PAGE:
It essentially says babies needed this smell historically so they would be seen as cute instead of as food. Some kind of pheremone maybe? And maybe puppies and all kinds of baby animals have this same thing for the same reason. Maybe the smell is perceptible across species. Doesn't stop us from eating veal though, does it. Mmm, veeeal.
posted by kookoobirdz at 8:32 AM on June 3, 2006


I'd agree with kookoobirdz - it's gotta be evolutionary. Keeps us from throwing 'em out on the street when they destroy things!
posted by radioamy at 9:48 AM on June 3, 2006


I don't know where that smell originates from...but it's like crack, I tell ya, crack!!! Must get to puppy store now...
posted by Juggermatt at 10:29 AM on June 3, 2006


I think what you're referring to (or at least what I think of when I think of puppy smell) is the way their paws smell.

But their paws smell like fritos.
posted by ROU_Xenophobe at 10:42 AM on June 3, 2006 [1 favorite]


"Catanzaro and other vets guess that puppy breath is a result of their healthy, mild diet of mother's milk and puppy food, and the enzymes that break these things down.

"And just as puppies don't eat big-dog stanky food, they don't have big-dog stanky mouth bacteria or the advanced plaque problems older dogs develop. So their mouths are clean."

Puppy smell, what causes it?

"Claims to the latter are likely from people who are hypersensitive to the smell of the mother dog's milk, which can be encrusted or spilled on or about the puppy's mouth and face. Alternatively, the scent could potentially arise from trace elements or vapors of the milk and digestive fluids emanating from the puppy's stomach up through its esophagus via the natural process of burping to relieve gaseous build-up."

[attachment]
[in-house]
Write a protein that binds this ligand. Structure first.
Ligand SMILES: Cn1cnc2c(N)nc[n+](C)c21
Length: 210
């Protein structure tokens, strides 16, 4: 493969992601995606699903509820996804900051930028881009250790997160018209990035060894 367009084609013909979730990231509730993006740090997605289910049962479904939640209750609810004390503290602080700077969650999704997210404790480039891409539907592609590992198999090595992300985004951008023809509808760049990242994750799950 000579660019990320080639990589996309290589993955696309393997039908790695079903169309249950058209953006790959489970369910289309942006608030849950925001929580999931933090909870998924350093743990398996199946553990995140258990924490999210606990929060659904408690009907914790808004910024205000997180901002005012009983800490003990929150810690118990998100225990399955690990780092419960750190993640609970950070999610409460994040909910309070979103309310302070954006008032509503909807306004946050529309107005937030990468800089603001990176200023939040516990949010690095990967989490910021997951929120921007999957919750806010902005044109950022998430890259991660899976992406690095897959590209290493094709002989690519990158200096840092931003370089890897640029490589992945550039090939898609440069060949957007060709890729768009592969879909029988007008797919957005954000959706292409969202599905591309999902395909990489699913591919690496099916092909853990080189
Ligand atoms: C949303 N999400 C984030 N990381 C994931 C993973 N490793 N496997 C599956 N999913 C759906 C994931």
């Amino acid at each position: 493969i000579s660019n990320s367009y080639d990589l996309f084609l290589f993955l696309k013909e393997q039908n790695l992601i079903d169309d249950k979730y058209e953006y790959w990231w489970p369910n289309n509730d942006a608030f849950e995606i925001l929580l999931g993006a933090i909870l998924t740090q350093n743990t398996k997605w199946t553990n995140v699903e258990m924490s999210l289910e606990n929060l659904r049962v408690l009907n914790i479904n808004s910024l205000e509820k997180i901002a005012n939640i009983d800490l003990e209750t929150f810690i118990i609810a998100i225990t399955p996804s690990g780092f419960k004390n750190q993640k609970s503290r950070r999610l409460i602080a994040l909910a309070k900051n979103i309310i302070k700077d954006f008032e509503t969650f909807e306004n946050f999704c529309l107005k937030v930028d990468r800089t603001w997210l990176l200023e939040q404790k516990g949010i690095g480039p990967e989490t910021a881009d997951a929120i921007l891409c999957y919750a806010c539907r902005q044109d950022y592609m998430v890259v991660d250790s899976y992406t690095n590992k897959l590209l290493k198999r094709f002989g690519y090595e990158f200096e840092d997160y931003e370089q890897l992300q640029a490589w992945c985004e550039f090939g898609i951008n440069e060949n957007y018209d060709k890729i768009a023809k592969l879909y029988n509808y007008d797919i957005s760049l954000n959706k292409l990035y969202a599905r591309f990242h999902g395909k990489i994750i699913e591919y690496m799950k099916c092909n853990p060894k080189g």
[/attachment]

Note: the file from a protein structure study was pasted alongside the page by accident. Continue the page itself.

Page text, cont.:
Wikpedia.
posted by geoff. at 12:10 PM on June 3, 2006


Thanks geoff. for the links. I didn't even think of Wikipedia. They really do have an entry for every damn thing. It seems that there are a lot of good theories but no one definitive answer.

Worms.

Sorry to ruin your enjoyment.


I don't think it's worms since puppies without any sort of worm infestation have the same delicious smell but I appreciate the links.
posted by LeeJay at 1:06 PM on June 3, 2006


That's not to say that puppies with worms don't smell because they definitely do, but the puppy smell seems to be something all puppies have whether wormed or not.
posted by LeeJay at 1:07 PM on June 3, 2006


I don't think it's worms since puppies without any sort of worm infestation have the same delicious smell

From the linked article:
All puppies have worms and for this reason are repeatedly de-wormed until 6 months of age.

Is no one here a dog breeder? The worm thing is common knowledge in breeding circles. I was actually quite surprised that Wikipedia and many of the other links did not mention it. ( the one I linked to was, however, the second one that showed up on my search.)
posted by Kirth Gerson at 3:12 PM on June 3, 2006


From the linked article:
All puppies have worms and for this reason are repeatedly de-wormed until 6 months of age.


Thanks for that. I must have missed it when I read the article. I did not know that. When my dog was a puppy her vet told me that she did not have any sort of worms. She seemed pleased but not overly shocked. Perhaps she just meant that she did not have the specific worms she tested for? So, who knew worms could smell so good?
posted by LeeJay at 3:55 PM on June 3, 2006